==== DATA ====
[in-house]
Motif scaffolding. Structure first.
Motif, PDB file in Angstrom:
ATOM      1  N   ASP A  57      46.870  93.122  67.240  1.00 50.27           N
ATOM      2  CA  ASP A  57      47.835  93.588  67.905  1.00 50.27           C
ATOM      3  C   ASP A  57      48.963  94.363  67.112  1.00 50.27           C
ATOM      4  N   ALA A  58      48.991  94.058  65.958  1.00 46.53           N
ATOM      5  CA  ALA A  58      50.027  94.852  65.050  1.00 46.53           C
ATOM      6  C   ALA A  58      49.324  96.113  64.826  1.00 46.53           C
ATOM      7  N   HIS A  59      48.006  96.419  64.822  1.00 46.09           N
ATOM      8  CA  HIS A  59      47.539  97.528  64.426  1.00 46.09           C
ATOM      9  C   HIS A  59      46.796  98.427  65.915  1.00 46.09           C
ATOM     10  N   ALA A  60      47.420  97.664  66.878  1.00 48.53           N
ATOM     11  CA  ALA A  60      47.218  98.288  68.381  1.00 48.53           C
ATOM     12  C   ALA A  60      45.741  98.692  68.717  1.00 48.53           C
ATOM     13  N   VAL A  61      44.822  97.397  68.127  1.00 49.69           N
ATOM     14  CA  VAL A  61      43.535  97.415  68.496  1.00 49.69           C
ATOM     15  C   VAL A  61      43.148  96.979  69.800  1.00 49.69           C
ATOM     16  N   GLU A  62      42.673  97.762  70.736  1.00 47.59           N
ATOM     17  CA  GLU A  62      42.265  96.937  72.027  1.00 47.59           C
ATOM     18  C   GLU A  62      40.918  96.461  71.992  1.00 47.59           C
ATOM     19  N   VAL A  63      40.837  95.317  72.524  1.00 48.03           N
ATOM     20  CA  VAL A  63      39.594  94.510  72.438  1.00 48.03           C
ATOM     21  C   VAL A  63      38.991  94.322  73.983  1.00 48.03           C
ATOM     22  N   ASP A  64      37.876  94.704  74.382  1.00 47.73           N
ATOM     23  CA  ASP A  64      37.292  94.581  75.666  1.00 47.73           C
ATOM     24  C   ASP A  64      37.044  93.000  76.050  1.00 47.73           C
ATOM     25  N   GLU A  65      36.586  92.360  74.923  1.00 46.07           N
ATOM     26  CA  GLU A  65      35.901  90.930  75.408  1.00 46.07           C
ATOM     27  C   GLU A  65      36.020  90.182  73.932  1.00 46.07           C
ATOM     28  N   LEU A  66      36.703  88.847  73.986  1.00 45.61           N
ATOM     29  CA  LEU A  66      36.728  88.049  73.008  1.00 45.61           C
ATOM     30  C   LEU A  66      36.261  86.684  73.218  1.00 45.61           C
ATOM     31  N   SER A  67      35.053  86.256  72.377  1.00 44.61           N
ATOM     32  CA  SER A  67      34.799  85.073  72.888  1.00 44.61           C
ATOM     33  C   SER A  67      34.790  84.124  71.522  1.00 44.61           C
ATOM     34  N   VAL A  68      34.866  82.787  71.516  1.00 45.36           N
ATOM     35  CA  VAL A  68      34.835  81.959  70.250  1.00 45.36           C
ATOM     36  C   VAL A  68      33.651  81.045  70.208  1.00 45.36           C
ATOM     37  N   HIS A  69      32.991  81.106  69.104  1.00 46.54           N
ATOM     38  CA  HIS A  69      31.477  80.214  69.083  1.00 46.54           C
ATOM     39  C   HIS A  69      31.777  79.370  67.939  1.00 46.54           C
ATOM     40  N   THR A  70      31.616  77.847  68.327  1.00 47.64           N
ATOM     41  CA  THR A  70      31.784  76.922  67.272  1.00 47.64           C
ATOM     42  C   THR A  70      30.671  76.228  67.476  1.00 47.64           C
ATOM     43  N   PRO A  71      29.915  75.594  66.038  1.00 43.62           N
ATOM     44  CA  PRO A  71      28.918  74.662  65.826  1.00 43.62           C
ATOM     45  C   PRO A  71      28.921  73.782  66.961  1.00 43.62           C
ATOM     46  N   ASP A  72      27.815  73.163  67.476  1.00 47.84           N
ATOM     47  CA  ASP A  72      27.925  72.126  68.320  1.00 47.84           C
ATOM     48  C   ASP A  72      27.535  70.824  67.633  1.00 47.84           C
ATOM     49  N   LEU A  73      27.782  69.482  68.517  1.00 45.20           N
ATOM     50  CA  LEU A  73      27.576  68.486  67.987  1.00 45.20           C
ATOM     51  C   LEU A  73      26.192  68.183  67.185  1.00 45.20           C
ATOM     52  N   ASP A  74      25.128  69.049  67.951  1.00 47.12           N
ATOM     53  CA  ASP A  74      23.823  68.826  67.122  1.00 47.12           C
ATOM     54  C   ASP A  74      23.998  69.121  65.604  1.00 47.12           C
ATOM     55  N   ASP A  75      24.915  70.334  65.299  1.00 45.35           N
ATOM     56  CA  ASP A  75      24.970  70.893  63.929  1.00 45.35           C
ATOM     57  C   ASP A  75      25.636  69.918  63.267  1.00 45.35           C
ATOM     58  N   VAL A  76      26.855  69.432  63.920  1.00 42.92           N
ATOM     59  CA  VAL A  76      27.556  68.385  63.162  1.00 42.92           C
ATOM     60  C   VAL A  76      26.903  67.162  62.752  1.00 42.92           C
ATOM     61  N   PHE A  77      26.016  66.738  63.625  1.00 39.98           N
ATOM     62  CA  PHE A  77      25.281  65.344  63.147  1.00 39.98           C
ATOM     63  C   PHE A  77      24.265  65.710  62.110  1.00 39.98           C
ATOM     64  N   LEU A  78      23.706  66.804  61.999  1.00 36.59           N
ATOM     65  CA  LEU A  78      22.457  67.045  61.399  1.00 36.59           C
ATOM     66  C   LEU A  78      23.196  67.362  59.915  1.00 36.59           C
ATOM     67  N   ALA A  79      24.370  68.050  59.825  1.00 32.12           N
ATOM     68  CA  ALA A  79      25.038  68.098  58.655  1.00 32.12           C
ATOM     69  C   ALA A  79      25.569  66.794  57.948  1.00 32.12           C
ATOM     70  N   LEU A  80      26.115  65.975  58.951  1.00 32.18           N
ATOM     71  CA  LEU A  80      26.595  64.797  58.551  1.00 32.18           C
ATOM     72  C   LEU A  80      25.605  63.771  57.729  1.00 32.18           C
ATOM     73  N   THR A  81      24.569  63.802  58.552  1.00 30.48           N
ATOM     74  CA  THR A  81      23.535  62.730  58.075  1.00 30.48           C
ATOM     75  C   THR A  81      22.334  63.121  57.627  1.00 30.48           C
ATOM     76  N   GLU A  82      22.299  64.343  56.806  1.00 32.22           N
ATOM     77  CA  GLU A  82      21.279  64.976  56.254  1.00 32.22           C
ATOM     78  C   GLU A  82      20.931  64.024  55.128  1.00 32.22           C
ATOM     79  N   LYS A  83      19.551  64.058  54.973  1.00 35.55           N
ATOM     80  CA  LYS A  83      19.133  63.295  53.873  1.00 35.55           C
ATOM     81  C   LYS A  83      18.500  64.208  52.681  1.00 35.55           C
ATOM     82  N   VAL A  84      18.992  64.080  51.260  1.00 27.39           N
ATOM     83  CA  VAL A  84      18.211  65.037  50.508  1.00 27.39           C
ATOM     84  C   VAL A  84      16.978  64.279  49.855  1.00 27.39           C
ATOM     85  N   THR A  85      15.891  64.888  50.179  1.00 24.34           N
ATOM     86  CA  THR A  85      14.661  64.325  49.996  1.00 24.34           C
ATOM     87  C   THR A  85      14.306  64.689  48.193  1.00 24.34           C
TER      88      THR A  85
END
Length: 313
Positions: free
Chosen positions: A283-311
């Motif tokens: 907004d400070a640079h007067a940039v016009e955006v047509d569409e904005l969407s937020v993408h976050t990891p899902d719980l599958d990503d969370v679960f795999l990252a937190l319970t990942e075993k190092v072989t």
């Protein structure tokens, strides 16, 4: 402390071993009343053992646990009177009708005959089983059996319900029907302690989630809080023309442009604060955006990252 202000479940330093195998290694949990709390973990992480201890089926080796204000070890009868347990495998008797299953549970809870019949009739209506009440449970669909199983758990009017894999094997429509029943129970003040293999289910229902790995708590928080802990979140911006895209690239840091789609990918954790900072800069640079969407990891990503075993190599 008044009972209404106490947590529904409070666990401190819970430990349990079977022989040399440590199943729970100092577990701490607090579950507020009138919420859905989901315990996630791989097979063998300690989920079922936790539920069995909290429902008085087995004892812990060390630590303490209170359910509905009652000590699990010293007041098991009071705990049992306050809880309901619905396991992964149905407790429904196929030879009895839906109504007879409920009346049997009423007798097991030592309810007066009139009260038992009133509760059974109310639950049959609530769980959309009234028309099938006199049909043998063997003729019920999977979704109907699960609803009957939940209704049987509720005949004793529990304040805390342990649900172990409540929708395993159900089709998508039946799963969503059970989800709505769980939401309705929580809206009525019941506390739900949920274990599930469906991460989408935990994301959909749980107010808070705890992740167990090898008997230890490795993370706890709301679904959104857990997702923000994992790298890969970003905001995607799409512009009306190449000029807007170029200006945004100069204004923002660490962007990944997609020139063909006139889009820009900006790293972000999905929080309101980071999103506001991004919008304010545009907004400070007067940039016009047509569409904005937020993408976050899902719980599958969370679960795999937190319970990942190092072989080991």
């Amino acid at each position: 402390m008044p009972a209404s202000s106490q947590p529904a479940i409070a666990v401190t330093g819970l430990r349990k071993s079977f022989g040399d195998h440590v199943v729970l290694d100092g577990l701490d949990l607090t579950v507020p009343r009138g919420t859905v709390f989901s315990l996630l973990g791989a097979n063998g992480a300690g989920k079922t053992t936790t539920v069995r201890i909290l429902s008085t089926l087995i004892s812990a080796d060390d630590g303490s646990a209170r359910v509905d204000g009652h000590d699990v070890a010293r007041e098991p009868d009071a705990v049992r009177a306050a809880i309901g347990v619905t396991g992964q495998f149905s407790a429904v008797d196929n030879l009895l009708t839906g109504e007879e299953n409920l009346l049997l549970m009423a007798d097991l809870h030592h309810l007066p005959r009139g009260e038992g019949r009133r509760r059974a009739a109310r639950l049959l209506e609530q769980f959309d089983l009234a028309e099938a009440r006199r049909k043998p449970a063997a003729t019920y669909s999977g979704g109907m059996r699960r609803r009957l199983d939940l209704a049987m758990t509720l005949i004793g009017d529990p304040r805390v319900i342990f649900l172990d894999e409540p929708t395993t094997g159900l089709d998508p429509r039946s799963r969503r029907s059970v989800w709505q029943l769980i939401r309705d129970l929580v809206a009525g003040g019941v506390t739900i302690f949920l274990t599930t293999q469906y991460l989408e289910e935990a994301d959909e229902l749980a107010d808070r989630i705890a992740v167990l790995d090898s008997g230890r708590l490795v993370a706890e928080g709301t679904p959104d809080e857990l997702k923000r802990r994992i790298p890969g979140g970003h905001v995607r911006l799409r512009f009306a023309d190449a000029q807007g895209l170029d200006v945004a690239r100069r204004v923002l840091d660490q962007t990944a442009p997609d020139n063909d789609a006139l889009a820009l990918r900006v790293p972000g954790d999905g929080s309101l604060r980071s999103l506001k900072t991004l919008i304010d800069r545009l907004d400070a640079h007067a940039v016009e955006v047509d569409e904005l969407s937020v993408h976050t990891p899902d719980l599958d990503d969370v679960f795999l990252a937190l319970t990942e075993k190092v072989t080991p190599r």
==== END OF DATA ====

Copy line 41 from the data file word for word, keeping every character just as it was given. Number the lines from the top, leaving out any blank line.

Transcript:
ATOM     38  CA  HIS A  69      31.477  80.214  69.083  1.00 46.54           C